Robert Parker (eRobertParker.com) - If the wine industry were a constitutional monarchy, Robert Parker would be its ceremonial emperor. With everyone in the game from prince to pauper abiding by his every ruling, Parker single-handedly changes the direction of wine-making enterprises on a daily basis. Based at his modest micro-winery stronghold, the Beaux Frères, near Newburg, Oregon, Parker samples over 10,000 wines a year. It is his 100-point scale of Parker Points that ultimately decides how much a wine will command on the open market.

Jancis Robinson (jancisrobinson.com) - World-class wine communicator Jancis Robinson literally wrote the book on wine. She is co-author of The World Atlas of Wine as well as editor of The Oxford Companion to Wine. She writes for her own website as well as a bi-monthly column in The Financial Times. Even Robert Parker recommends the member’s only section of her website, The Purple Pages, where the Companion, Atlas, thousands of wine reviews, and active user forum can be found.

Steven Spurrier (http://www.thewinesocietyofindia.com/wine-blogs/steven/) - Another noteworthy wine expert, Steven Spurrier has frequently been referred to as the champion of French wine. Originally from Britain, he is a former Paris merchant who founded the Academie du Vin and the Christie’s Wine Course. He is a consultant editor for Decanter Magazine and Chairman for the Board of Wine Advisors, The Wine Society of India.

Liv-ex (liv-ex.com) - Liv-ex is an electronic marketplace for trading fine wine. Their website contains recent new, analyses, and other information for both merchants and collectors alike. Their famous Liv-ex 100 and Live-ex 500 indices can be tracked here as well. This is one website wine investors will want to review on a regular basis.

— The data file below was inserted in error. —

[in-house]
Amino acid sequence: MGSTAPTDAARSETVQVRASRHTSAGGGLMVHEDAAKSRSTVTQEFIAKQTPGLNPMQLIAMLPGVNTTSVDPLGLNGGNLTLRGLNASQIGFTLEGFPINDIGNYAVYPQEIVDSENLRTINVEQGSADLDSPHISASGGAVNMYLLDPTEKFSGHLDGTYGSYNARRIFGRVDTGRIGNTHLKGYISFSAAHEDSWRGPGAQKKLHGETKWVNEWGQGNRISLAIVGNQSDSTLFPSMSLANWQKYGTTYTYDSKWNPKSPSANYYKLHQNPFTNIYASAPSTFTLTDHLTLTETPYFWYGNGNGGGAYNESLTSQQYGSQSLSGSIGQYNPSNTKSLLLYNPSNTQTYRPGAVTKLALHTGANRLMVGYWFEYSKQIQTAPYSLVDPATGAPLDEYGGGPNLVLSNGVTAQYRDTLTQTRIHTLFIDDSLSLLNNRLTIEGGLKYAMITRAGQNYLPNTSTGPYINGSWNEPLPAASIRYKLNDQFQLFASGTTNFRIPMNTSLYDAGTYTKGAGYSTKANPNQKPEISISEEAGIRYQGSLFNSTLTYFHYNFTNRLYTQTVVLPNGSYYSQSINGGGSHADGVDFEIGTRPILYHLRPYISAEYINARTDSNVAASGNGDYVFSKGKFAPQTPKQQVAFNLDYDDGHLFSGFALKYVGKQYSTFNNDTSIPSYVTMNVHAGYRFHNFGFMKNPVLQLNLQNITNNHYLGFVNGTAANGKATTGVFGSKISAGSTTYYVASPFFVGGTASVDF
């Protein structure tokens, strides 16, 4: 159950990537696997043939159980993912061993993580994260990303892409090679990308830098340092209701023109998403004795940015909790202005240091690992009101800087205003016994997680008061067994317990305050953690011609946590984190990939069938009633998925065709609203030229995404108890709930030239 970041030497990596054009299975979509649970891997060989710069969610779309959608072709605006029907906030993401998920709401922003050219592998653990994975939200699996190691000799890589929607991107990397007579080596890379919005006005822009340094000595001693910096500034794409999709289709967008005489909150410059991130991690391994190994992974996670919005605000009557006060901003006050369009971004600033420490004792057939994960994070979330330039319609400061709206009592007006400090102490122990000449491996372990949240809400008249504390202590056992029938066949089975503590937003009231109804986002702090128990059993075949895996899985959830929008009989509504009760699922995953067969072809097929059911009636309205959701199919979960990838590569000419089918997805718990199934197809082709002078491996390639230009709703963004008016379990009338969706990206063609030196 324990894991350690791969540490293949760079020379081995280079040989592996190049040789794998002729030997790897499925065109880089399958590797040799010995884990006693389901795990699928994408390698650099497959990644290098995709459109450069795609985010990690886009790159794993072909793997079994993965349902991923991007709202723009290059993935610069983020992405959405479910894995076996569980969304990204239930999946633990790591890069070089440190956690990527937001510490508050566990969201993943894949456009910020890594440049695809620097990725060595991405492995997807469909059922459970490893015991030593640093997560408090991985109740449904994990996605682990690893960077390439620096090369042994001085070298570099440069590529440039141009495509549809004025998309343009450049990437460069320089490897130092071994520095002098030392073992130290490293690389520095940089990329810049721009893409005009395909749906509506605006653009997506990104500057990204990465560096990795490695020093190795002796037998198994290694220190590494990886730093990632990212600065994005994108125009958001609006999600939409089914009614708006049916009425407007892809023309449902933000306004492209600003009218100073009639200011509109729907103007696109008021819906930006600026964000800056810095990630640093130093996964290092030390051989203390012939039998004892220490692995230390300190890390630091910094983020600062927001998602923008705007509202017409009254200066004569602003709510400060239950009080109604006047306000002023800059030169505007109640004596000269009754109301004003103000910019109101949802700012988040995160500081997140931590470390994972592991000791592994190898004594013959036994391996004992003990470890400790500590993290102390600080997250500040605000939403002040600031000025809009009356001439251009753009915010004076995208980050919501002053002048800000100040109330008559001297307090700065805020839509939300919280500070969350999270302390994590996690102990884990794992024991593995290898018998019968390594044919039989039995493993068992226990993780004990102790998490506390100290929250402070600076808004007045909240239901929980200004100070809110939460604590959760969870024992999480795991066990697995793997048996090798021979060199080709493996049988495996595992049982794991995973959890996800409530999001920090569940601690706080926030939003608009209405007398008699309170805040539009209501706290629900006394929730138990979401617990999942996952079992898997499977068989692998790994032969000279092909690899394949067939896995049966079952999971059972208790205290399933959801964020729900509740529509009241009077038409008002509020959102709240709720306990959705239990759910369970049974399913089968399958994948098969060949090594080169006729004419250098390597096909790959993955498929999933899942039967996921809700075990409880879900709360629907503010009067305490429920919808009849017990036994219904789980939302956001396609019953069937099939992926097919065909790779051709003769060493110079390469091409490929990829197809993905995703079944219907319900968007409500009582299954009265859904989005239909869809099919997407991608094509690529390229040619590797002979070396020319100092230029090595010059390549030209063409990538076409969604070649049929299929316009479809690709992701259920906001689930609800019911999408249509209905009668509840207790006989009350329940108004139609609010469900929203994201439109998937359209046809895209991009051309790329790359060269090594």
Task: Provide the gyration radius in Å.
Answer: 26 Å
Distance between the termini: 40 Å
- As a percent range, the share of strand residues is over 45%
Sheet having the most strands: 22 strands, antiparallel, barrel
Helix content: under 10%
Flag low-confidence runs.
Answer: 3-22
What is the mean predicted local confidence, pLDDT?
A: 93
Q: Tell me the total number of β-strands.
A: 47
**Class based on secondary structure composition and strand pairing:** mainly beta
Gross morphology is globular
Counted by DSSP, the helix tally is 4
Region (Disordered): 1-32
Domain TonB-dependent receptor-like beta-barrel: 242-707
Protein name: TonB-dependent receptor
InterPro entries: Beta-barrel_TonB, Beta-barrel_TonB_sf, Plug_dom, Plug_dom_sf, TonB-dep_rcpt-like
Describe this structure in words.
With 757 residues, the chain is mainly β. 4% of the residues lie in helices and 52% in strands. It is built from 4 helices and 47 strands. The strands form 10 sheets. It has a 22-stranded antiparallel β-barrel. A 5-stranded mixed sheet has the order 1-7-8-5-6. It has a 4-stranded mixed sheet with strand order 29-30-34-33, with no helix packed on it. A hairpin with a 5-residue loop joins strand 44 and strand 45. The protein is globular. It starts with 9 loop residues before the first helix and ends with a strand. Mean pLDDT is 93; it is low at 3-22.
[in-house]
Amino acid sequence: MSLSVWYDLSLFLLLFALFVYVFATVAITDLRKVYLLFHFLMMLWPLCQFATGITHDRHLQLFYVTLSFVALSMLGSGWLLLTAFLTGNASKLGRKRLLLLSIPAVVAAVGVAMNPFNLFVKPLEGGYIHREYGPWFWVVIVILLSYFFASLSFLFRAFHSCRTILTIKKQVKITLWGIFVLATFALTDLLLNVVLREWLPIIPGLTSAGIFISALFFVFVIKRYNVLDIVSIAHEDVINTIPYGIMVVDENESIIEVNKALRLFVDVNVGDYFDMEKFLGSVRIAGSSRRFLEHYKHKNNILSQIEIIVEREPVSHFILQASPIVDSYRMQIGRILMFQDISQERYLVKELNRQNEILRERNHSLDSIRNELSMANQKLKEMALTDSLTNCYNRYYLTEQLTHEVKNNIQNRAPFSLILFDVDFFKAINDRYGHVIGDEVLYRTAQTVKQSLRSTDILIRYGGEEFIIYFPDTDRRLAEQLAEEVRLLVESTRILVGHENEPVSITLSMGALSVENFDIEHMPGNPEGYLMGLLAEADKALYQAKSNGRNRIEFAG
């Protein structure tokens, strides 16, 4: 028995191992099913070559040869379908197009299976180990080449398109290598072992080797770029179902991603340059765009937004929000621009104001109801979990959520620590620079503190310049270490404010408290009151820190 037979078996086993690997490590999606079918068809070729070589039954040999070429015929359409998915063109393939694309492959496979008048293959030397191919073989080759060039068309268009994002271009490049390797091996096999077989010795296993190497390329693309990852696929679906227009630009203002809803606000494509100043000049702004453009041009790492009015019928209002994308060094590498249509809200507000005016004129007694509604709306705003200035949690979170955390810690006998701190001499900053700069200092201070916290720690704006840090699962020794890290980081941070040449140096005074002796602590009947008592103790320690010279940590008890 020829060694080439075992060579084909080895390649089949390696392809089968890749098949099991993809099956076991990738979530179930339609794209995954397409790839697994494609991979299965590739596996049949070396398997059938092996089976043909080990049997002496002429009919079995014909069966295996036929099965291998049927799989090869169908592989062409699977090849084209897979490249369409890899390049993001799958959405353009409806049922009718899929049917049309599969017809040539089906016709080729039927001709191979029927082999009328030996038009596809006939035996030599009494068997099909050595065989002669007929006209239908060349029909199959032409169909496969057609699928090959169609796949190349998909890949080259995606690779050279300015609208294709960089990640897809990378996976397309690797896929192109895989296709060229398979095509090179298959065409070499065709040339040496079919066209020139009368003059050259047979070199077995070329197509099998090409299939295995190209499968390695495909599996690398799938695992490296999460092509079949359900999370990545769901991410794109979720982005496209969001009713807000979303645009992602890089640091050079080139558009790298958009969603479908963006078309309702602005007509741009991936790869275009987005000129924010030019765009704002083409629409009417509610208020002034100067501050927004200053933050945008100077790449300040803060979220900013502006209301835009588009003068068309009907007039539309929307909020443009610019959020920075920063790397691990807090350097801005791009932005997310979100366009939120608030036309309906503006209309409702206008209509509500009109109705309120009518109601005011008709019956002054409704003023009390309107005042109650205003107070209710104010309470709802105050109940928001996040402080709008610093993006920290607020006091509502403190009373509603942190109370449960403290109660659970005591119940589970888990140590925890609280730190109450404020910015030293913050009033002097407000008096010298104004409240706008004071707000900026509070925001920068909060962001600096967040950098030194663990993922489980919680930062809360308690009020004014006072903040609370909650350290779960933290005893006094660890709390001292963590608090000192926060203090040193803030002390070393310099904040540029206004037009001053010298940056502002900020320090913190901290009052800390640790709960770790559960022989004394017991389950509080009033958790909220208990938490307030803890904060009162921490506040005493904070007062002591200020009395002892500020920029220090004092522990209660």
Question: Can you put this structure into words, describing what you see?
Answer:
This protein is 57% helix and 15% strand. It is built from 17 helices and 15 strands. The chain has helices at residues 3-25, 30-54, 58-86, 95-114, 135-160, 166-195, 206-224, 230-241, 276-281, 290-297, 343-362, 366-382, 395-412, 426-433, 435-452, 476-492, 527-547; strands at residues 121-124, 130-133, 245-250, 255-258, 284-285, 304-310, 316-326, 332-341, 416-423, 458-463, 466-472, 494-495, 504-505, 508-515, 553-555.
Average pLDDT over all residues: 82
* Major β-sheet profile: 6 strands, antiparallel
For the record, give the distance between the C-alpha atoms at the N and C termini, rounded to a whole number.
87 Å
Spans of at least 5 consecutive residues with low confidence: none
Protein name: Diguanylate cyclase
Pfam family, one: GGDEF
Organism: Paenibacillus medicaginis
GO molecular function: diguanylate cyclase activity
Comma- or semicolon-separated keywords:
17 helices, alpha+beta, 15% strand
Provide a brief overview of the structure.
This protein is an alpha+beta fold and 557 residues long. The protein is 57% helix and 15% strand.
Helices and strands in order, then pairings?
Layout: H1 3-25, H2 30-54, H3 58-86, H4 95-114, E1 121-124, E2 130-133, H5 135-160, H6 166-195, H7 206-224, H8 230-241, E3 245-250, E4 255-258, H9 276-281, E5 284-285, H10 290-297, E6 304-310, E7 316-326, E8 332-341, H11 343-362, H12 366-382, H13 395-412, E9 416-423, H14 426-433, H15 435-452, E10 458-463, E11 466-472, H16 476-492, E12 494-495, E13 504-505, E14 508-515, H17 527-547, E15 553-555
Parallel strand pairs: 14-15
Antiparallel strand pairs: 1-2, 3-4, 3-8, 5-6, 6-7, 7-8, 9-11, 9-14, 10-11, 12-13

Berry Bros. & Rudd (bbr.com) - Berry Bros. & Rudd is Britain's oldest wine and spirit merchant, in business at the same location for over 300 years. Officially established in 1698, the company originally began dealing in provisions, exotic spices, tea and coffee. Now they deal predominantly in wine sales, even providing fine wines to the British Royal Family. Their website contains a comprehensive knowledgebase of wines as well a full calendar of upcoming wine-related events.

The Wine Doctor - (thewinedoctor.com) - Written solely by Chris Kissack, this online resource originally began in May 2000 as a consumer blog and has grown to become a professional wine resource worthy of consultation.

6. Do more homework. For the studious type, reading wine from an academic perspective may be a worthing undertaking. Try reading Mahesh Kumar's book “Wine Investment for Portfolio Diversification,” published by The Wine Appreciation Guild. Another good reference is “Investing in Liquid Assets – uncorking profits in today's global markets” by David Sokilin and Alexandra Bruce.

7. Live it up. Liv-ex is your friend. Visit liv-ex.com and check out the various wine investment indices and market updates it has to offer.

8. Take charge. Purchase your wines with a credit card. Not only will you accumulate bonuses your particular card has to offer, but you will take advantage of your credit card company’s insurance and the various consumer protections the law has to offer.

9. Don’t buy into the cult. Avoid cult wines and garagistes. Period.